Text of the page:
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Parker v. Claus

United States District Court, D. Delaware

June 10, 2019

STEPHANIE PARKER and next friend dependent minor children, Plaintiff,
WILLIAM H. CLAUS IV, etal., Defendants.

          Stephanie Parker, Bridgeville, Delaware. Pro Se Plaintiff.



         Plaintiff Stephanie Parker appears pro se and has been granted leave to proceed in forma pauperis. (D.I. 4). She filed this action alleging felony theft of real property in violation of 42 U.S.C. §1985(3) and 42 U.S.C. § 1983. (D.I. 2). Parker asserts jurisdiction pursuant to 28 U.S.C. §§ 1331 and 1343. The Court proceeds to screen the Complaint pursuant to 28 U.S.C. § 1915(e)(2)(B).


         Parker has a child whose father is George K. Trammell, III. As discussed by the United States Court of Appeals for the Third Circuit in its June 13, 2012 opinion," "Trammell is a frequent pro se litigator; most of his suits are nearly indecipherable and concern state court actions regarding his father's estate." Trammell v. Trammell, 485 Fed.Appx. 524, 525 (3d Cir. 2012); In re Trammell, 468 Fed.Appx. 111 (3d Cir. 2012); Trammell v. Trammell, 446 Fed.Appx. 530, 531 (3d Cir. 2011); Trammell v. Lilies Love & Care Daycare Ctr, 448 Fed.Appx. 188 (3d Cir. 2011); see also Trammell v. All Other Collateral Heirs of Estate of Marie Jones Polk, 446 Fed.Appx. 437 (3d Cir. 2011). The instant lawsuit filed by Parker follows Trammell's lead.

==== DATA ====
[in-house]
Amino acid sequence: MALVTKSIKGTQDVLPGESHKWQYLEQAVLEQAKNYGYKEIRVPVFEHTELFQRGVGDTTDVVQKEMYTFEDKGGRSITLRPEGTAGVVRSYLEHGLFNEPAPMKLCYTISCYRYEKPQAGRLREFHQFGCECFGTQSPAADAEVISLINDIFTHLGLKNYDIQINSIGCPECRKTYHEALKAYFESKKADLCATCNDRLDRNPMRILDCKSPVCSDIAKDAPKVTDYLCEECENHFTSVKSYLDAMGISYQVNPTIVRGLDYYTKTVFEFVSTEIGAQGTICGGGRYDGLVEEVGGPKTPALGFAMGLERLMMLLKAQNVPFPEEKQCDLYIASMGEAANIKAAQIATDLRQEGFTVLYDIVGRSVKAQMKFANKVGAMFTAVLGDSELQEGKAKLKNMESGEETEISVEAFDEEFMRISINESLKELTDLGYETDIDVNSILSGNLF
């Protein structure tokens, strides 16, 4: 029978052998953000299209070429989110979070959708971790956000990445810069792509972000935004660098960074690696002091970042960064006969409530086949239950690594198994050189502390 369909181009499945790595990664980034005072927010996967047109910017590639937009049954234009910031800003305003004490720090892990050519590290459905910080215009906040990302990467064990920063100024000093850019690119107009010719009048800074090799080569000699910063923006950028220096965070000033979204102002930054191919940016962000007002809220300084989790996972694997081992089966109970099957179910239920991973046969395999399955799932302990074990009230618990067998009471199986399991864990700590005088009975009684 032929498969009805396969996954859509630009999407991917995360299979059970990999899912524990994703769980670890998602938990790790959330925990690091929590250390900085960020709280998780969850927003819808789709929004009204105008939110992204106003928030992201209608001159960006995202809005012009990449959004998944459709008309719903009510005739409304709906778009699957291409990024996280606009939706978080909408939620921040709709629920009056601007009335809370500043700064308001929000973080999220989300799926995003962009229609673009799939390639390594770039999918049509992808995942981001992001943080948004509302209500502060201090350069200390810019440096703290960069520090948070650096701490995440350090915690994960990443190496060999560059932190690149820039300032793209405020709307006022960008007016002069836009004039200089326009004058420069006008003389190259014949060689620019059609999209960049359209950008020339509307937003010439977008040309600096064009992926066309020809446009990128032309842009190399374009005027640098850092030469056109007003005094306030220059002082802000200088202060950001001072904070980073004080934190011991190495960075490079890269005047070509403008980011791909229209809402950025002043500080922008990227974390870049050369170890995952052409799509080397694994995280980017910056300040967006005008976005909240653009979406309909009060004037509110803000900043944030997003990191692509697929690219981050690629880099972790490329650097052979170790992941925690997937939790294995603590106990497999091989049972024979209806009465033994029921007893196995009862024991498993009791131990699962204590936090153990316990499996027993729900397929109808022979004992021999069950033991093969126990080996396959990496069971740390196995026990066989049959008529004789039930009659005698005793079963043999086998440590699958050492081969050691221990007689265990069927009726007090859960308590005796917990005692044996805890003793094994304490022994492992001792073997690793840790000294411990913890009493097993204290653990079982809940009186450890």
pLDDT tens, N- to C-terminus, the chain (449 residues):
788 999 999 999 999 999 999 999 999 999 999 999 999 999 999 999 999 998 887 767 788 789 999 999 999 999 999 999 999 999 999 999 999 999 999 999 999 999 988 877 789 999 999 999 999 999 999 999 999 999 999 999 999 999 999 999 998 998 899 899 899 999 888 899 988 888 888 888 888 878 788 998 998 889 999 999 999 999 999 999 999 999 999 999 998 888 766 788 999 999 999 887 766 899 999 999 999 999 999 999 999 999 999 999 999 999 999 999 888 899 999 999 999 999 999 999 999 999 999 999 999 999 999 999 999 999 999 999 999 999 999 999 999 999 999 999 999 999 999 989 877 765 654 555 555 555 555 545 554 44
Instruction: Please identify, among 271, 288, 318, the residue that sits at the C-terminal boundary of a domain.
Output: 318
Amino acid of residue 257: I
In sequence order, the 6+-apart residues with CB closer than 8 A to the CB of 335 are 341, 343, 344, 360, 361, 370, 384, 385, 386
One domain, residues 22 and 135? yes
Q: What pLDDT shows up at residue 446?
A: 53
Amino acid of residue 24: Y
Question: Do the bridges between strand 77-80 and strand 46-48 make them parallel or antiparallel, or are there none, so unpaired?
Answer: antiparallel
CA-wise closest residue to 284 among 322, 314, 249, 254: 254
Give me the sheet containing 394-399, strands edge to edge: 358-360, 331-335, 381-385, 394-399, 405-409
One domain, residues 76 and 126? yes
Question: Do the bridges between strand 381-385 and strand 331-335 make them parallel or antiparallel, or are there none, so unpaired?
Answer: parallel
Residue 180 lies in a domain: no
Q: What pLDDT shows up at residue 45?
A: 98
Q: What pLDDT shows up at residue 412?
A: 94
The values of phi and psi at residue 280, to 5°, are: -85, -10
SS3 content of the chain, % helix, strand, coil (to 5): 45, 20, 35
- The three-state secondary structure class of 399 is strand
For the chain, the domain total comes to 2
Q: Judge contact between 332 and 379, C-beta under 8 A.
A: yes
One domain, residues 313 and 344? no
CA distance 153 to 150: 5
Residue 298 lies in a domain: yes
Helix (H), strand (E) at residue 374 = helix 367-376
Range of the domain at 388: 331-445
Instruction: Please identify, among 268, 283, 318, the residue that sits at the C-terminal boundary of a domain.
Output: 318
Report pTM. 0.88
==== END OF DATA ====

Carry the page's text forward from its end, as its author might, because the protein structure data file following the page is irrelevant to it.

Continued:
Parker alleges that the real property of Trammell's deceased aunt, Marie Jones Polk, is the subject of an "attempted felony theft." (D.I. 2 at 2). The property is located at 22612 Eskridge Road in Seaford, Delaware. (Id.). Parker alleges that Trammell, "my baby's dad . . . was completely wrongfully unlawfully disenfranchised of the real property." (Id. at 4). As alleged, the property was purchased by Defendant William H. Claus, IV and/or Bonnie Sue Low, and Claus was involved in an illegal conspiracy to wrongfully exploit the involuntarily disadvantaged for unconscionable personal gain. (Id. at 3). In the caption of the Complaint Parker names as defendants numerous State court judges, State and County administrators, and the current governor of the State of Delaware, but the body of the Complaint is void of any allegations directed towards them. (Id. at 1).

         The Court takes judicial notice that in Department of Finance of Sussex County v. Clifford E. Polk Heirs, Civ. No. 17-1448-RGA, Trammell attempted to remove the case from the Superior Court of the State of Delaware in and for Sussex County, and sought a writ of prohibition to prevent a sheriffs sale of real property located in Seaford, Delaware.[1] (See Civ. No. 17-1448-RGA at D.I. 6 and D.I. 7 at A 15, both referring to - Del. Super. C.A. No. S17T-07-004). In Claus v. Trammell, Civ. No. 18-1125-RGA, Trammell and Parker attempted to remove a case, filed as a complaint for ejectment, from the Superior Court of the State of Delaware in and for Sussex County, which is the same property that is the subject matter of the instant complaint.[2] (See Civ. No. 18-1125-RGA at D.I. 3, referring to Del. Super. C.A. No. S18C-06-021).[3] Both cases were remanded to State Court.